Mar 7, 2021
Written By: Kyla Freeman
Peer Review By: Thomsen D'hont
Expert Review By: Dr. Vanessa Rogers
With all patients, especially adolescents, young men, postpartum women, and perimenopausal women, advise about adequate contraception when opportunities arise.
In patients using specific contraceptives, advise of specific factors that may reduce efficacy (e.g. delayed initiation of method, illness, medications, specific lubricants)
In aiding decision-making to ensure adequate contraception:
- Look for and identify risks (relative and absolute contraindications)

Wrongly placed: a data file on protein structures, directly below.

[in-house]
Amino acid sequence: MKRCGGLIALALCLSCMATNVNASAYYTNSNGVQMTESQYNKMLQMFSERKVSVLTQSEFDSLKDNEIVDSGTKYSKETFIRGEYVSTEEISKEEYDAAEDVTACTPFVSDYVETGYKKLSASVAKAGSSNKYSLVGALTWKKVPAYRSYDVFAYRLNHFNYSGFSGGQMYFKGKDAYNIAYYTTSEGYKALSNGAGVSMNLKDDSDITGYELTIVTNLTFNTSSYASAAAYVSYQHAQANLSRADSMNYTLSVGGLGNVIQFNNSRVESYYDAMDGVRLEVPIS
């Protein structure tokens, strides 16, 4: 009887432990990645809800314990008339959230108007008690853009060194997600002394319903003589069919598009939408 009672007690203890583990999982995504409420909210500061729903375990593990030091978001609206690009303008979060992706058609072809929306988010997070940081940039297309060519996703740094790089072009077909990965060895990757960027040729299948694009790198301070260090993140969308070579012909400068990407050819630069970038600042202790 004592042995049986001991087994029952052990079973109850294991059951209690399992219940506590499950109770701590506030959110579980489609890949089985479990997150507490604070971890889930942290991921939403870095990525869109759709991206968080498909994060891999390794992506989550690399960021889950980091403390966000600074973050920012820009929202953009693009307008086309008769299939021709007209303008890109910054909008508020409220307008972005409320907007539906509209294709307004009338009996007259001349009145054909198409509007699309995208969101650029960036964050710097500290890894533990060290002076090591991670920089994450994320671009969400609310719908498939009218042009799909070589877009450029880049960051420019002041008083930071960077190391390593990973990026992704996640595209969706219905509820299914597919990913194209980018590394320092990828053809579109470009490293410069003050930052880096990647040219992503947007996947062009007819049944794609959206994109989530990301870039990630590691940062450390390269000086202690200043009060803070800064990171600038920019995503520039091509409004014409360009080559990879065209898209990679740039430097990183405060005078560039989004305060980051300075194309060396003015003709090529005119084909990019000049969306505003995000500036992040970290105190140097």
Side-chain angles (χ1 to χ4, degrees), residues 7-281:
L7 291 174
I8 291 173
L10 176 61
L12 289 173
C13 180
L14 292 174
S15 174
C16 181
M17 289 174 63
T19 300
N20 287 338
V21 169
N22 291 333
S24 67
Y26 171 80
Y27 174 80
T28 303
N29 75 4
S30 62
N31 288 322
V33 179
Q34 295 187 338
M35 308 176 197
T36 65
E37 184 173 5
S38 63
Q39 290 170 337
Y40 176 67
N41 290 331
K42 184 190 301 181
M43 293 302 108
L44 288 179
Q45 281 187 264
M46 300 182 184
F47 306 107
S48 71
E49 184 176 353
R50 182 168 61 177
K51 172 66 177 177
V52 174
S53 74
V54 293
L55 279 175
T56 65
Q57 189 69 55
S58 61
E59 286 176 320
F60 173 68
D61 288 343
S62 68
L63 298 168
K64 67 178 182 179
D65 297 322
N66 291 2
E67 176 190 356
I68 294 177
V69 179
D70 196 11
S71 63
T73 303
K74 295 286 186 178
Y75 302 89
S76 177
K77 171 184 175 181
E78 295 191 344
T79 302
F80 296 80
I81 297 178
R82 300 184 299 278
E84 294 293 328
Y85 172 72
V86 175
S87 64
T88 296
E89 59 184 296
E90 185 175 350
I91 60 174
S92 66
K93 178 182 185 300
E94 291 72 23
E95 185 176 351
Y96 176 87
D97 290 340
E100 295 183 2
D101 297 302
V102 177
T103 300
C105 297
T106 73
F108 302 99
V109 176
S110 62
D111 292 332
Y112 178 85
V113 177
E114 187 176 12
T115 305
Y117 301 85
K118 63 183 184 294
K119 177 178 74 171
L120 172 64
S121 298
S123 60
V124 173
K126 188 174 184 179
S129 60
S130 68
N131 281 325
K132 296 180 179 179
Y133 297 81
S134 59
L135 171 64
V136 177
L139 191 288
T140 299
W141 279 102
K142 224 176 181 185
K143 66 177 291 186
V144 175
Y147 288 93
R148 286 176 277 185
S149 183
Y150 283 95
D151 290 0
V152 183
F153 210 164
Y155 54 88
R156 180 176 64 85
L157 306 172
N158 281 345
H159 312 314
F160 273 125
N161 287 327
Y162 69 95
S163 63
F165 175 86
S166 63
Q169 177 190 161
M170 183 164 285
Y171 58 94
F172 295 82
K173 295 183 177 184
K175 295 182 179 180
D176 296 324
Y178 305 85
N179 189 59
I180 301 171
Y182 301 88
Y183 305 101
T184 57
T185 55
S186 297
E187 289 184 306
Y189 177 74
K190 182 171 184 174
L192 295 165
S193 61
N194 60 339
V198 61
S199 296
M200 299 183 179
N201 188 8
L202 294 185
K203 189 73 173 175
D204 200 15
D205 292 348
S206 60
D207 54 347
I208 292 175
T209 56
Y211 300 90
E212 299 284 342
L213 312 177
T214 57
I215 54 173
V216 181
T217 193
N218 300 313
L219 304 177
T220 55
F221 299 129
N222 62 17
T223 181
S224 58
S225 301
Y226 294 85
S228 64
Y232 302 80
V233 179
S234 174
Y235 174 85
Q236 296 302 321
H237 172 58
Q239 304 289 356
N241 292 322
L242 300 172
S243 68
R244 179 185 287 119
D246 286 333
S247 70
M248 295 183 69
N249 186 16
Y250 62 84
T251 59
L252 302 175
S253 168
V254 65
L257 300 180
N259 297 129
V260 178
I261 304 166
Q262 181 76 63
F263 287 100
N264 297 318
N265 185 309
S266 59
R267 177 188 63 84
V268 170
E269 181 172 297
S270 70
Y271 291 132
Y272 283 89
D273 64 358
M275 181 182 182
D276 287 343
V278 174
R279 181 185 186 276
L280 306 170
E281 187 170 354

- Assess (look for) STI exposure
- Identify barriers to specific methods (e.g. cost, cultural concerns)
- Advise of efficacy and side effects, especially short-term side effects that may result in discontinuation
In patients using hormonal contraceptives, manage side effects appropriately (i.e. recommend an appropriate length of trial, discuss estrogens in medroxyprogesterone acetate [Depo-Provera].
In all patients, especially those using barrier methods or when efficacy of hormonal methods is decreased, advise about post-coital contraception
In a patient who has had unprotected sex or failure of the chosen contraceptive method, inform about time limits in post-coital contraception (emergency contraceptive pil, intrauterine device)